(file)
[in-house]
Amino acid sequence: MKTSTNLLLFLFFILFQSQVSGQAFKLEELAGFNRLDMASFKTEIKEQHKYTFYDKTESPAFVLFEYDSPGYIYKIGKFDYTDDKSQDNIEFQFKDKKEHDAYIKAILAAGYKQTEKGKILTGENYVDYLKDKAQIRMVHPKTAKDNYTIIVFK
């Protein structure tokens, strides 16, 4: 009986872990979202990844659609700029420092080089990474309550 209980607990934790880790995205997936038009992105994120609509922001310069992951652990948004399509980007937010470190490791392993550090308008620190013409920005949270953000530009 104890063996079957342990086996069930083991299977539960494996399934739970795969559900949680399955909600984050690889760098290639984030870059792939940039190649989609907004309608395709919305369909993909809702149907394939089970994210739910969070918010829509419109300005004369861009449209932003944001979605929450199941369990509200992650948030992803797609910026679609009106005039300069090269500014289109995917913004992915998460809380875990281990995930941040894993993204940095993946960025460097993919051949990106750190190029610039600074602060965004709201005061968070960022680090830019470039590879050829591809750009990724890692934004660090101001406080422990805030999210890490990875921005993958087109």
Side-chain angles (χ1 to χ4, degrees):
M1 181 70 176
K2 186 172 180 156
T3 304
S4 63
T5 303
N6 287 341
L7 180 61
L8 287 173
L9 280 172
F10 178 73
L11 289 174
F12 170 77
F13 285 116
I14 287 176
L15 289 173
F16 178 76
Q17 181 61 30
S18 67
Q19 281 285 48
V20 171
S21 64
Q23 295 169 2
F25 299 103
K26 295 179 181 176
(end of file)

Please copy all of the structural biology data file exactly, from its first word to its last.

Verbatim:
[in-house]
Amino acid sequence: MKTSTNLLLFLFFILFQSQVSGQAFKLEELAGFNRLDMASFKTEIKEQHKYTFYDKTESPAFVLFEYDSPGYIYKIGKFDYTDDKSQDNIEFQFKDKKEHDAYIKAILAAGYKQTEKGKILTGENYVDYLKDKAQIRMVHPKTAKDNYTIIVFK
């Protein structure tokens, strides 16, 4: 009986872990979202990844659609700029420092080089990474309550 209980607990934790880790995205997936038009992105994120609509922001310069992951652990948004399509980007937010470190490791392993550090308008620190013409920005949270953000530009 104890063996079957342990086996069930083991299977539960494996399934739970795969559900949680399955909600984050690889760098290639984030870059792939940039190649989609907004309608395709919305369909993909809702149907394939089970994210739910969070918010829509419109300005004369861009449209932003944001979605929450199941369990509200992650948030992803797609910026679609009106005039300069090269500014289109995917913004992915998460809380875990281990995930941040894993993204940095993946960025460097993919051949990106750190190029610039600074602060965004709201005061968070960022680090830019470039590879050829591809750009990724890692934004660090101001406080422990805030999210890490990875921005993958087109």
Side-chain angles (χ1 to χ4, degrees):
M1 181 70 176
K2 186 172 180 156
T3 304
S4 63
T5 303
N6 287 341
L7 180 61
L8 287 173
L9 280 172
F10 178 73
L11 289 174
F12 170 77
F13 285 116
I14 287 176
L15 289 173
F16 178 76
Q17 181 61 30
S18 67
Q19 281 285 48
V20 171
S21 64
Q23 295 169 2
F25 299 103
K26 295 179 181 176